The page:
June 07, 2015

Manchin remebers D-Day | Logan Banner

Each year, June 6th marks the anniversary of D-Day, the 1944
Allied invasion of Normandy during World War II. This important event, notably
the largest seaborne invasion in world history, took an entire year to
coordinate and was a decisive turning point in the war that heralded the coming
end of Adolf Hitler’s regime and a turning point for the war in Europe. This
day, we pay tribute to the heroes who — with unequivocal patriotism, bravery
and valor — stormed those terrifying shores to change the course of history.

Seventy-one years later, we, as Americans and West
Virginians, reflect on the significance of that landmark day. More than 160,000
Allied troops fearlessly stormed 50 miles of Nazi-occupied beach on the
coastline of France, where then-General Dwight D. Eisenhower had proclaimed,
“We will accept nothing less than full victory.” As many returning soldiers
have described it, the scene was bleak and hellish, but our forces went into
the line of fire boldly with victory in sight.

I read a quote recently that truly defines the tenacity of
our soldiers on that day. Vincent Di Bacco, a West Virginia hero who at Omaha
Beach in 1944 said, “I had some trepidation about it, but we all felt like we
owned the world,” he said. “We were anxious to get started, because we all
wanted to get home.” It is undoubtedly because of this bravery that we declared
victory in Normandy and went on to win the war.

Vital victories such as this, however, bear a tremendous
cost. It is estimated that there were at least 10,000 Allied casualties on
D-Day. Of those, 4,414 were confirmed deaths and 38 were soldiers from the
Mountain State. As I always say, West Virginia is one of the most patriotic
states in this nation, and we are proud of the number of veterans and active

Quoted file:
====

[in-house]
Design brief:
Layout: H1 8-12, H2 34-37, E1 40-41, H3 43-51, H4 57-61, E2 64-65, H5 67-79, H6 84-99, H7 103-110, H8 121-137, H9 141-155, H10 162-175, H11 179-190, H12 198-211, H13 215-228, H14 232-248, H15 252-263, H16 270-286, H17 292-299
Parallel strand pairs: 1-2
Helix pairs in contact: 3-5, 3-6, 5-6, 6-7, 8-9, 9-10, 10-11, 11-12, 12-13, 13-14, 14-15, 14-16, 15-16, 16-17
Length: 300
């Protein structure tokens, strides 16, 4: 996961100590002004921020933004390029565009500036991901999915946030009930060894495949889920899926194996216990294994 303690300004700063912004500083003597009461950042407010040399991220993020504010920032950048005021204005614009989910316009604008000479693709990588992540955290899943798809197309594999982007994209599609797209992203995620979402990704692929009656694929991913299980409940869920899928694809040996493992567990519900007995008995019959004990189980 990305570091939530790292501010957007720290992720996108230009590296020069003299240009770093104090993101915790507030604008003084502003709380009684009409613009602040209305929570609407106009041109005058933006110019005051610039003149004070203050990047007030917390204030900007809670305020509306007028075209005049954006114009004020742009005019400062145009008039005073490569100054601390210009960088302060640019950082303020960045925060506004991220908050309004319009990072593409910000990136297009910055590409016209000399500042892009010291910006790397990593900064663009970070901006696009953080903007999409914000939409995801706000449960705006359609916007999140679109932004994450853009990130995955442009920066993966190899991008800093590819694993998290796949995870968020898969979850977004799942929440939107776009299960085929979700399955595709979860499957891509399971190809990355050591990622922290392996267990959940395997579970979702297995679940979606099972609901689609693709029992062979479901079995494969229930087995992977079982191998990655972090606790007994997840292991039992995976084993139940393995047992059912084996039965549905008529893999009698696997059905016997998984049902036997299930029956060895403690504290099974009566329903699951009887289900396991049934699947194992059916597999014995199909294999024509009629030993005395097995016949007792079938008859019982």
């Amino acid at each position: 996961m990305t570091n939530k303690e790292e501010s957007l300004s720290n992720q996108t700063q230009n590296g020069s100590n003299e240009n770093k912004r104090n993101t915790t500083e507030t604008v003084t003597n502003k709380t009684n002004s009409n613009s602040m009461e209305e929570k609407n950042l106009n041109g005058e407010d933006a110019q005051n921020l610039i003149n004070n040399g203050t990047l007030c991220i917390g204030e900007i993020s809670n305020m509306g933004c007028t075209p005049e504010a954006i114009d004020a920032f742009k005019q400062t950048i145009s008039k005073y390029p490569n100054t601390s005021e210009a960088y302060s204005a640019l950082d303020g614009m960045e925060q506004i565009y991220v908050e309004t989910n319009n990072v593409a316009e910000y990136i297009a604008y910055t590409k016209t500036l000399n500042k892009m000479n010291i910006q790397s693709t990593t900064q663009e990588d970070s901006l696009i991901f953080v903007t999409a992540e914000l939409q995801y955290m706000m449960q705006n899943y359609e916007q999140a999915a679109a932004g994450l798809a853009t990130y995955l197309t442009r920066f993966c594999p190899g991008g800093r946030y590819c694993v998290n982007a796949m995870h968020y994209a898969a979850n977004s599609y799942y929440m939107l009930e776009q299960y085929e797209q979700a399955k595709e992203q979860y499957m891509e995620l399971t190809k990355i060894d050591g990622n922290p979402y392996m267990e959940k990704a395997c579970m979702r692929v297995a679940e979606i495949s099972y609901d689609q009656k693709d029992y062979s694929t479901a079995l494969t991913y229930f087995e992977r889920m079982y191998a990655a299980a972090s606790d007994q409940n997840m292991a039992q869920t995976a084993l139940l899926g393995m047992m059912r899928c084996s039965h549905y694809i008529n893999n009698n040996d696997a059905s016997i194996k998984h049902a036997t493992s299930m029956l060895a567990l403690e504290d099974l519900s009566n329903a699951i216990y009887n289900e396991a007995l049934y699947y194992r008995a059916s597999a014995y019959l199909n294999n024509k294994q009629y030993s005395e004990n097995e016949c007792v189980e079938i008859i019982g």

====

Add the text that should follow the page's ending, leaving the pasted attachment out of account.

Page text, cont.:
duty members that have served our military and served honorably and proudly.
Today, we especially honor those 38 brave West Virginia souls.

Last year, on the 70th anniversary of D-Day, I had the
incredible opportunity to travel to Normandy and stand alongside hundreds of World
War II veterans as part of a ceremony held at Sword Beach. We saluted our
heroes and paid tribute to those lost. As I stood beside the graves of West
Virginians who had fought on D-Day, I was filled with tears and profound
gratitude for their sacrifice. To stand where so many courageous soldiers had
fought for our freedoms was a moving experience, and one that I will forever
cherish and reflect upon.

Today, I draw upon that memory, as it puts into perspective
the scale of the impact that day had on our lives. It is a sobering reminder of
the hardships our veterans have endured and our military members are
experiencing every single day to keep America free. The sacrifices and
patriotism of our veterans know no bounds.

Our nation and our world will never forget the events of
June 6, 1944. I hope that this weekend all West Virginians will take a moment
to commemorate the heroes of D-Day and treasure the liberties gained by the
sacrifices made by our men and women in service.

By:  Sen. Joe Manchin